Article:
Behind this proposition and its corollary is the assumption that there are benefits tangible and otherwise that already exist in ongoing work in the humanities. Therefore, the problem is that there is no interface between the ivory tower and the masses, to use some loaded phrasing. If the mission of the public humanities is to produce greater dialogue between academics and non-academics, it’s not clear to me how these initiatives actually foster and support the work of non-academics. Not just because of funding distribution, but because the entire project rests upon the premise that somehow turning Judith Butler’s Gender Trouble from a dense and difficult book into a blog or Lauren Berlant’s Cruel Optimism into a series of YouTube videos would inject new energy into the humanities, produce widespread interest in humanities scholarship, and even re-energize a moribund field. Many proponents of the public humanities think of the humanities as a good product with bad marketing.

What I have just described, in very broad strokes, positions the public as audience. Rather than a conception of the public which requires the public use of private reason – an ideal dating all the way back to Kant’s essay “What is Enlightenment” – this version of the public humanities treats people as consumers, little different from subscribers to Netflix or those “Great Courses” advertised in inflight magazines. In other words, the public of this particular strain of public humanities is not offered a chance to reply, to contemplate, or to develop opinion through discussion and debate.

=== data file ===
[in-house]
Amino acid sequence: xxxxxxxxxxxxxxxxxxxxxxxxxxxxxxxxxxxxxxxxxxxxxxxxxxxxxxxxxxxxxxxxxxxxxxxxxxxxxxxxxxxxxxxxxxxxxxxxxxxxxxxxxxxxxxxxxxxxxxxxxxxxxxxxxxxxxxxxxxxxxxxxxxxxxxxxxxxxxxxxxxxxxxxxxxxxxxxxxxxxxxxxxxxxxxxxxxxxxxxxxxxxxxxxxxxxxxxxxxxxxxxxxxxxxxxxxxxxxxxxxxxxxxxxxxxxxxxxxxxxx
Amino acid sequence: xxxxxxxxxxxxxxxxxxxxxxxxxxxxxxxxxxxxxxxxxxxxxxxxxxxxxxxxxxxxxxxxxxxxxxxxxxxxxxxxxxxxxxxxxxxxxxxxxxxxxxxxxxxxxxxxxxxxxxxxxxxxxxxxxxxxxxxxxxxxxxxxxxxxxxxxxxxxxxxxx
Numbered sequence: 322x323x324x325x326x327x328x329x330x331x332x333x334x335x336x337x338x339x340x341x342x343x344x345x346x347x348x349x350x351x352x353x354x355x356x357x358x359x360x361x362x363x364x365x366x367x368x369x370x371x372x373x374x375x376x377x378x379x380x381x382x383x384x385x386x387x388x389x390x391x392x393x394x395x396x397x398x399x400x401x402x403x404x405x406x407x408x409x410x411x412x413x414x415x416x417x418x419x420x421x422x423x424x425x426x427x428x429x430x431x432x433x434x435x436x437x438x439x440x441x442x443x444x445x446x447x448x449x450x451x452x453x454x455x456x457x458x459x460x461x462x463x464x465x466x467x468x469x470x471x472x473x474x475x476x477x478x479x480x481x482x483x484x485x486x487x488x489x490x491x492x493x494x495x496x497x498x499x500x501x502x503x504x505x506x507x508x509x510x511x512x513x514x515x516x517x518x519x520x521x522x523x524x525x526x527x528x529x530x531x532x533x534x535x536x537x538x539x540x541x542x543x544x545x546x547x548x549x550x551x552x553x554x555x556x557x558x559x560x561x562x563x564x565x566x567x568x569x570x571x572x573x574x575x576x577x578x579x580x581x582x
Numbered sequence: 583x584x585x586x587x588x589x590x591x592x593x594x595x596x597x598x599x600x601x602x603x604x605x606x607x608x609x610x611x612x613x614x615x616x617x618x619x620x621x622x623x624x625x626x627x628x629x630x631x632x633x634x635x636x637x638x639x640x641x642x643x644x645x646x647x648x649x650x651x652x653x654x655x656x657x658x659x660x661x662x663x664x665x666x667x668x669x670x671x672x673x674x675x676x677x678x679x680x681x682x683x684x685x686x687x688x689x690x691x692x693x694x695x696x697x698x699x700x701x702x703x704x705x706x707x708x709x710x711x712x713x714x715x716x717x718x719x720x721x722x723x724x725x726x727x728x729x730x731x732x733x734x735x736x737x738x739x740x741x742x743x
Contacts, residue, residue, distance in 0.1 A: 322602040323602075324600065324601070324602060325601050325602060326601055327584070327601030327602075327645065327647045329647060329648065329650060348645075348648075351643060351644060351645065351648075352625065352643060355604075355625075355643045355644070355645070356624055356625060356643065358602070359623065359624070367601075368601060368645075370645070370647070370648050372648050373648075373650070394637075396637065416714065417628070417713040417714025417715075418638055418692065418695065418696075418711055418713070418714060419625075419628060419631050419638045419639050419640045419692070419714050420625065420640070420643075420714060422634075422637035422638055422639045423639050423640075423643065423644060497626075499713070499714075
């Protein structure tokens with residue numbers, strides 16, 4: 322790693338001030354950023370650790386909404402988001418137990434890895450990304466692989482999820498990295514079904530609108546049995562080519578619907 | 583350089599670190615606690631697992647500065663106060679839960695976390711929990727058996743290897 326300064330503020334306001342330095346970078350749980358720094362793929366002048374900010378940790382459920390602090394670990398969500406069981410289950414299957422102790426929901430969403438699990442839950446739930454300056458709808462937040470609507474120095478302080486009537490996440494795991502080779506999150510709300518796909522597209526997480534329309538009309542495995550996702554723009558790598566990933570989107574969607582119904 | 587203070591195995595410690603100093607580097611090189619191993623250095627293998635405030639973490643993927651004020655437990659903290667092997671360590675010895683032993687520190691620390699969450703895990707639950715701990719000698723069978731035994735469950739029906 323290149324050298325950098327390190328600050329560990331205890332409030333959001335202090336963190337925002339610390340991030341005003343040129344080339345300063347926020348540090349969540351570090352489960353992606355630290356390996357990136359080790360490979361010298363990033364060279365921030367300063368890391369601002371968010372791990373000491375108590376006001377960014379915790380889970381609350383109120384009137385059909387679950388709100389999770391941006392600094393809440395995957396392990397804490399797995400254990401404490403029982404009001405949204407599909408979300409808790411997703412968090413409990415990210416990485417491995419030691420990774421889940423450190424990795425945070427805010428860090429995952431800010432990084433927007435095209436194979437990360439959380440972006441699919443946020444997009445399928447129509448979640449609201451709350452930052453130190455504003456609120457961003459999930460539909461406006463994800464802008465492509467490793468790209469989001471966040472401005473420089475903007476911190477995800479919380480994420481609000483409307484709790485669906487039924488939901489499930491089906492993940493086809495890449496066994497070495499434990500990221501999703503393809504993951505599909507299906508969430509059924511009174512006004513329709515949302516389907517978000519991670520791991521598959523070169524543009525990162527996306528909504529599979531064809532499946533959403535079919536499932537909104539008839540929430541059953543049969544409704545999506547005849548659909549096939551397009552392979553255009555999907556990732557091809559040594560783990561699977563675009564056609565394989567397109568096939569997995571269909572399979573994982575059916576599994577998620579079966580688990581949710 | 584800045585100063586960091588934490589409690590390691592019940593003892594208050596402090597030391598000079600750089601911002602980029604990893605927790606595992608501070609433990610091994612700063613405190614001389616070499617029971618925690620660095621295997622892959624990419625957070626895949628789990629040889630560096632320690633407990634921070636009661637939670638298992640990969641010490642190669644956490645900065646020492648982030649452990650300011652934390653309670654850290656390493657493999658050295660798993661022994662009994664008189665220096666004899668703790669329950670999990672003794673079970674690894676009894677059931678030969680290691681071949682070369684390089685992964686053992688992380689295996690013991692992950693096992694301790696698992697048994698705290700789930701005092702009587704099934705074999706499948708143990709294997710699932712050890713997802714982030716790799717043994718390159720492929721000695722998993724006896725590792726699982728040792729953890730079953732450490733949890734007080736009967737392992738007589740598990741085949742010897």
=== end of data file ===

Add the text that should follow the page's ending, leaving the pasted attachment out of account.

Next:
I mentioned earlier a whole host of structural changes in higher education which has brought us to this point and the turn to public humanities. Many would argue that these changes—the defunding of public education, the instrumentalization of the bachelor’s degree, the war on academic freedom in the name of austerity—are anti-intellectual. If these trends are indeed anti-intellectual, the logic goes, we need the public humanities to convince others that ostensibly non-instrumental fields, like comparative literature or art history, actually give people useful skills for today’s economy. And that argument can be found in lots of places.

…the entire project rests upon the premise that somehow turning Judith Butler’s Gender Trouble from a dense and difficult book into a blog or Lauren Berlant’s Cruel Optimism into a series of YouTube videos would inject new energy into the humanities, produce widespread interest in humanities scholarship, and even re-energize a moribund field. Many proponents of the public humanities think of the humanities as a good product with bad marketing.

But I would argue that the United States, its politicians and legislators and corporate titans, are hardly anti-intellectual. They want skills, they want talented individuals, they want certain types of expertise. People still respect doctors, rocket scientists, computer engineers, and economists; all of whom have their own jargon and inaccessible prose. The issue with these fields and the particular qualities that are welcomed and respected is that they are, by and large, affirmative. Rightly or wrongly, the STEM fields are not seen as a threat to the existing social order; in fact, they are usually positioned as the path to utopia.

The larger structural changes that have contributed to a defensive position in the humanities are not anti-intellectual. They are anti-public.  They are devised in such a way to prevent speaking back; to designate anything produced which might call into question technological reason and instrumental logics as illegitimate (art history does not “contribute to society”). At its very core, by pursuing policy choices which instantiate the logic that education adheres to the individual and benefits only that individual who receives a degree or certificate, these larger structural changes seek to deny and obviate publicness.